LOUISVILLE, Ky. (WHAS11) – Thousands of fans looking for a permanent home.
“It's essential that we ensure the long-term success and viability of this team to make sure we can continue that,” Thomas Farmer, a fan said.
Louisville City Football Club fans, players and supporters filled Metro Hall hoping to get one step closer to building their own stadium.
“We think that the payback for the city is significant. This is not an expense, this is an investment,” Mike Mountjoy, an investor said.
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In order to keep the team in Louisville, league rules require them to have their own stadium. Investors will pull out their own checkbooks to build the stadium at the Butchertown site but they're asking for the city to fork over $30 million to buy and prepare the land.
In a 4-1 vote, the budget committee agreed to do just that. The proposed stadium is in Councilwoman Barbara Sexton-Smith's district.
“I think the greatest risk for the city is for us not to do this,” Councilwoman Barbara Sexton-Smith, District 4, said.
But here's the deal--the investors will pay back nearly $15 million to the city over 20 years.
The investors, depending on a vote from the city, plan to apply for a state TIF or tax increment financing. So a percentage of the sales tax from businesses in that district would go back to the investors to pay off their debt to the city.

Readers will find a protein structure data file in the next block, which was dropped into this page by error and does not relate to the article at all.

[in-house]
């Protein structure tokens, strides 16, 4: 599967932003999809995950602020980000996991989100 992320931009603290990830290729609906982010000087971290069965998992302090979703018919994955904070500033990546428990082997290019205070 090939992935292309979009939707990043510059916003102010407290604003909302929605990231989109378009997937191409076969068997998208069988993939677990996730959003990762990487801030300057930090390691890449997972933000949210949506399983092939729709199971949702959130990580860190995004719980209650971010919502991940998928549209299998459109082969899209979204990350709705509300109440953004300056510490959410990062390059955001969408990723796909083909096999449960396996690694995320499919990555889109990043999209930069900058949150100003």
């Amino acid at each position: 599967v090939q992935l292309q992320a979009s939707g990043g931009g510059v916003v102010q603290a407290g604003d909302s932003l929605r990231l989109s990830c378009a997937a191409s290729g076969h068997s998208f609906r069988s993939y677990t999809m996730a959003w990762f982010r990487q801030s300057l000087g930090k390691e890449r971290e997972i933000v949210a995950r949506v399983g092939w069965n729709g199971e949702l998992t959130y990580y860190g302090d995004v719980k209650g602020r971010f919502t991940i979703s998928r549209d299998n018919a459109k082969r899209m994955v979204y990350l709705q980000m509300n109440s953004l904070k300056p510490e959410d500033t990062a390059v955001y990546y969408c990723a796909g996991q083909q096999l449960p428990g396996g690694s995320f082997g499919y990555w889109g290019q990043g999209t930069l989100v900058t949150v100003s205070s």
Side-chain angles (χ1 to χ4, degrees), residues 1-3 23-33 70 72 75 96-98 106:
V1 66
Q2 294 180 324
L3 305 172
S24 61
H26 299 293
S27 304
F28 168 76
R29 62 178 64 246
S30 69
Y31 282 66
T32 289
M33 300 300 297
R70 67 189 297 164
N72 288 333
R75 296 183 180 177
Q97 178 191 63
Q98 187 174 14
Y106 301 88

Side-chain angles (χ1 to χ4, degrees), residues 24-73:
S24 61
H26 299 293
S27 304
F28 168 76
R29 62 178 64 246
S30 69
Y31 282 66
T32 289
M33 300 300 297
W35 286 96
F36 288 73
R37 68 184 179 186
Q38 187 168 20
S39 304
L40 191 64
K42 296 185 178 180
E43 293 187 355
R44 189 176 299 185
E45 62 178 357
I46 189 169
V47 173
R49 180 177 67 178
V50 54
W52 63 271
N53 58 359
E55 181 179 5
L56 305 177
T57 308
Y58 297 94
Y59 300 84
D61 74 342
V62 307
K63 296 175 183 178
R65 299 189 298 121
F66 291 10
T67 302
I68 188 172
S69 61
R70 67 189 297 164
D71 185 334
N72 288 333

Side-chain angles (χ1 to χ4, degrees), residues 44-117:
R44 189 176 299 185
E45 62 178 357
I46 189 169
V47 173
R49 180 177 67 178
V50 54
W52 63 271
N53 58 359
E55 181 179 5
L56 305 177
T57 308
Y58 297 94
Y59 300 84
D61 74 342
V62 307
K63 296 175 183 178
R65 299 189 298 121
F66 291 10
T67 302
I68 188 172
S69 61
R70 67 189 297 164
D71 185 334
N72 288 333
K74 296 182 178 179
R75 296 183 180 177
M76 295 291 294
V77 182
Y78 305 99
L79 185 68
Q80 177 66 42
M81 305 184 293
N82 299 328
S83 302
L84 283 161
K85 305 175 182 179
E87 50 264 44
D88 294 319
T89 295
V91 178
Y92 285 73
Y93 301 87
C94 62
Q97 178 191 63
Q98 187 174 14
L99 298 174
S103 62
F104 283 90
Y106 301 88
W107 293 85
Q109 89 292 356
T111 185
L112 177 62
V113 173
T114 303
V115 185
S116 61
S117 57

“I think what we have is something that is workable for us as the ownership group and certainly workable for the city and certainly valuable for both and for the future of Louisville,” Mountjoy said.
That $30 million promise from the city will now go to a full council vote. Another committee will meet Thursday to vote on the TIF portion of this deal. Both parts need to pass to reach the goal.
It's step closer to building a new home for Louisville City FC.
There is one group, the Pegasus Institute, that says this is a bad deal. Their major hang up – why create more debt for the city at this point when we have other things to pay for?
It is important to note that this deal is much different from the city's deal with Slugger Field and the Yum! Center.
The city will have no ownership of the actual stadium.
The $30 million is to purchase the land. But the city will benefit from the revenue that come out of the restaurants, hotels and office space that will be created next to the stadium as part of this plan.
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